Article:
24-August-20 – burgundy harvesting day 5


Waiting for the grapes...
Waiting for the grapes…

The day that Charles Lachaux of Vosne-Romanée finishes his harvest, we are about 60% of the way through, though Charles has quite different viticulture to most domaines. Many others in the Côte de Nuits are still not looking to start until the middle of next week – or even later! Since yesterday, much of the Côte de Beaune white harvest is underway – administratively, Mondays are always the best time to start!

So today, we started with Bourgogne Côte d’Or Blanc from Chorey (where else?), followed by Chorey Rouge, followed by Bourgogne Côte d’Or Blanc (again), followed by Chorey Rouge (again!) – that took our whole day. I may have forgotten to mention the home domaine’s new innovation for 2020 – a second press for the whites – and it’s bigger too – 35 hl versus the 24 of the old one – and it’s not a replacement – we now have 2! Despite the removal of this important bottleneck, we still had to split the picking/triage today as both presses were full. The first session with the Bourgogne Blanc saw ‘almost’ zero oïdium but quite a few impacts from hail – virtually unreported in July which we will probably also see in the white Pernands over the coming days. The weather was dry and warm after this hail, hence, no rot and easy to triage. The red, as yesterday, the easiest Chorey I’ve triaged at this domaine. This parcel was near to a wood which retained a lot of damp near the vines and so plenty of rot too – the trees nearest the vines were cut down last year – it’s made a massive difference.

But I know that you are all on the edge of your seats, straining to know a little of the analytics of these baby 2020 wines – so here you go:

2020 Beaune 1er Blanc, pH 3.2 with about 1.9 g/l of malic acid and a potential alcohol of 13.15
2020 Beaune 1er Rouge, pH 3.3 with about 1.9 g/l of malic acid and a potential alcohol of 13.45
2020 Savigny Rouge, pH 3.2 with about 1.9 g/l of malic acid and a potential alcohol of 13.40

So not much in the way of tax savings if they are exported to the US!

Lunch saw the restoration of our usual traiteur – he had been on holiday. It wasn’t really to mark the occasion, but it turned out that we had some nice wines:

1990 Pierre Marey et Fils, Corton-Charlemagne
A new ‘old’ domaine for me that no longer exists. I believe that Brigitte Berthelemot may be exploiting most of these Charlemagne vines now. A poor cork that really had us laughing – It had clearly snapped with only a small lean of the corkscrew but going in for the second piece I seemingly did the trick with no need for decanting. But when I attempted to pour the wine, nothing happened – there was a third piece still in the neck – oh how I laughed – grr!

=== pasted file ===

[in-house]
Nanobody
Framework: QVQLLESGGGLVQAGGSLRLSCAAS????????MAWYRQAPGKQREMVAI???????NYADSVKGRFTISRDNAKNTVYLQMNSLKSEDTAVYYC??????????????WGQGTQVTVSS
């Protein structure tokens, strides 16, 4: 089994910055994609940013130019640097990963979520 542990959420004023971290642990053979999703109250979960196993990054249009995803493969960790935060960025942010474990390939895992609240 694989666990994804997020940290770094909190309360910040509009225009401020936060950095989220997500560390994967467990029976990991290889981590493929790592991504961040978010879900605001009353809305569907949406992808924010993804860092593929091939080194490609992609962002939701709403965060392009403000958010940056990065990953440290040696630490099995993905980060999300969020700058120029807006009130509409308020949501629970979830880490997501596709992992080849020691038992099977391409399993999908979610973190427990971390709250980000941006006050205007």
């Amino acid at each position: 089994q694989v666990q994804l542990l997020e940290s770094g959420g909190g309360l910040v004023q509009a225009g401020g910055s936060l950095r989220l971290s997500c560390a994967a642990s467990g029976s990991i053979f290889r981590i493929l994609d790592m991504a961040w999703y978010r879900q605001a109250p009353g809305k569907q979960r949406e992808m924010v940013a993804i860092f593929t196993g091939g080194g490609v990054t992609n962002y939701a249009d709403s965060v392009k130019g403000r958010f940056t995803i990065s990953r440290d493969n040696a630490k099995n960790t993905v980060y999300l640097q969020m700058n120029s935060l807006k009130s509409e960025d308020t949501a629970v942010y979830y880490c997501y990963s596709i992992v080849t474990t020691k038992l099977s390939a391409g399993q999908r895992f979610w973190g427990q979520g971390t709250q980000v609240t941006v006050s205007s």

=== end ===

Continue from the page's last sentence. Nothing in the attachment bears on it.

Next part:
Deeply golden in colour. The nose has impact and sweetness – the faintest suggestion of oxidation yet it remained a lovely invitation – with time in the glass taking on a more smoky note and less of that suggestion of oxidation. In the mouth it was powerful, forward, sweet wine with the merest trace of oxidation on the first sip – frankly, I never thought about it thereafter. Clearly for drinking now – but also really for enjoying now – very attractively balanced despite its obvious concentration.
Rebuy – Maybe

2013 Taupenot-Merme, Morey St.Denis 1er La Roitte
DIAM-sealed – no problems of course.
Medium-plus colour. This nose is high-toned, pure and has an engaging, practically floral, dimension that offsets a little graphite-style minerality. In the mouth I kind of like the edginess here – fine acidity, a little direct and structural but pure too. Far from the ripeness of recent vintages – but who needs that? Though for such an excellent 1er cru I might have expected a little more power – but that’s the vintage. Excellent and very much enjoyed.
Rebuy – Yes

2000 Thomas-Moillard, Romanée St.Vivant
I had to go very carefully, but the cork came out in one piece. Here’s a wine (domaine!) that needs 20 years as a minimum – looks like we might be lucky then!
Deeply coloured – they used to like to extract! The nose is wide and brings the impression of silk – complex too but with a little brett I thought – nobody else seemed to care – that’s French wineries for you! In the mouth though, this really showed the nobility of the terroir if not the winemaking – weight of flavour but immaculately textured and delivering waves of flavour – very long finishing too. The nose left me unfulfilled but everyone else loved this wine – while I returned to the Riotte, they finished this bottle!
Rebuy – Maybe

Agree? Disagree? Anything you'd like to add?

There are 2 responses to “24-August-20 – burgundy harvesting day 5”

  1. Suvro25th August 2020 at 1:28 amPermalinkReply

    What a COVID life!

  2. Michael Warner25th August 2020 at 10:46 amPermalinkReply

    So is Charles Lachaux an early picker now ? I got the impression that Pascal was quite late.

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